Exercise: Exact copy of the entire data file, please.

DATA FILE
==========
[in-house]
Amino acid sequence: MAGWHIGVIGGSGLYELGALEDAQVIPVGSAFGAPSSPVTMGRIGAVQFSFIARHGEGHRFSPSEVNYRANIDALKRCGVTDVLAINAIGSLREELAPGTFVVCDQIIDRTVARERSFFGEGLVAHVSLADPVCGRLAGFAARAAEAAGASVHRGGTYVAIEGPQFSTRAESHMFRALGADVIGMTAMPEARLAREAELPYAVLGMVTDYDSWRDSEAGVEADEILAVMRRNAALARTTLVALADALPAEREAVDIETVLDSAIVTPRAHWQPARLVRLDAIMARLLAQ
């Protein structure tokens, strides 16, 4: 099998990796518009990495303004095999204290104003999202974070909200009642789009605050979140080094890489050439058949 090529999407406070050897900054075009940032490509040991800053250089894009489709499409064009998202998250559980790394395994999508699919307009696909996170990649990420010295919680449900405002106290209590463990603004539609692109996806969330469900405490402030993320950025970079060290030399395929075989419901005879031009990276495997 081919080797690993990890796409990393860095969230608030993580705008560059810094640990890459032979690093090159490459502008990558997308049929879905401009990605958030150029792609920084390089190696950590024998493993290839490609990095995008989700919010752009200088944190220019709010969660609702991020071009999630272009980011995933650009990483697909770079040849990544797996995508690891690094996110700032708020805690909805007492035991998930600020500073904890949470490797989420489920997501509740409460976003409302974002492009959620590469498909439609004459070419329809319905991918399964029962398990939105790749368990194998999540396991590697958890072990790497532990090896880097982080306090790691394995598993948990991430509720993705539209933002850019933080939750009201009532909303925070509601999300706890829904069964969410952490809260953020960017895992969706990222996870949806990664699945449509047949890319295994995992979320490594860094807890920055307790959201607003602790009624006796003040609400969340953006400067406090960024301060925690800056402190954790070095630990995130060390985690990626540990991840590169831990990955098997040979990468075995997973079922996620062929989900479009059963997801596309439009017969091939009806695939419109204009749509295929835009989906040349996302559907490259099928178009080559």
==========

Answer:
[in-house]
Amino acid sequence: MAGWHIGVIGGSGLYELGALEDAQVIPVGSAFGAPSSPVTMGRIGAVQFSFIARHGEGHRFSPSEVNYRANIDALKRCGVTDVLAINAIGSLREELAPGTFVVCDQIIDRTVARERSFFGEGLVAHVSLADPVCGRLAGFAARAAEAAGASVHRGGTYVAIEGPQFSTRAESHMFRALGADVIGMTAMPEARLAREAELPYAVLGMVTDYDSWRDSEAGVEADEILAVMRRNAALARTTLVALADALPAEREAVDIETVLDSAIVTPRAHWQPARLVRLDAIMARLLAQ
């Protein structure tokens, strides 16, 4: 099998990796518009990495303004095999204290104003999202974070909200009642789009605050979140080094890489050439058949 090529999407406070050897900054075009940032490509040991800053250089894009489709499409064009998202998250559980790394395994999508699919307009696909996170990649990420010295919680449900405002106290209590463990603004539609692109996806969330469900405490402030993320950025970079060290030399395929075989419901005879031009990276495997 081919080797690993990890796409990393860095969230608030993580705008560059810094640990890459032979690093090159490459502008990558997308049929879905401009990605958030150029792609920084390089190696950590024998493993290839490609990095995008989700919010752009200088944190220019709010969660609702991020071009999630272009980011995933650009990483697909770079040849990544797996995508690891690094996110700032708020805690909805007492035991998930600020500073904890949470490797989420489920997501509740409460976003409302974002492009959620590469498909439609004459070419329809319905991918399964029962398990939105790749368990194998999540396991590697958890072990790497532990090896880097982080306090790691394995598993948990991430509720993705539209933002850019933080939750009201009532909303925070509601999300706890829904069964969410952490809260953020960017895992969706990222996870949806990664699945449509047949890319295994995992979320490594860094807890920055307790959201607003602790009624006796003040609400969340953006400067406090960024301060925690800056402190954790070095630990995130060390985690990626540990991840590169831990990955098997040979990468075995997973079922996620062929989900479009059963997801596309439009017969091939009806695939419109204009749509295929835009989906040349996302559907490259099928178009080559």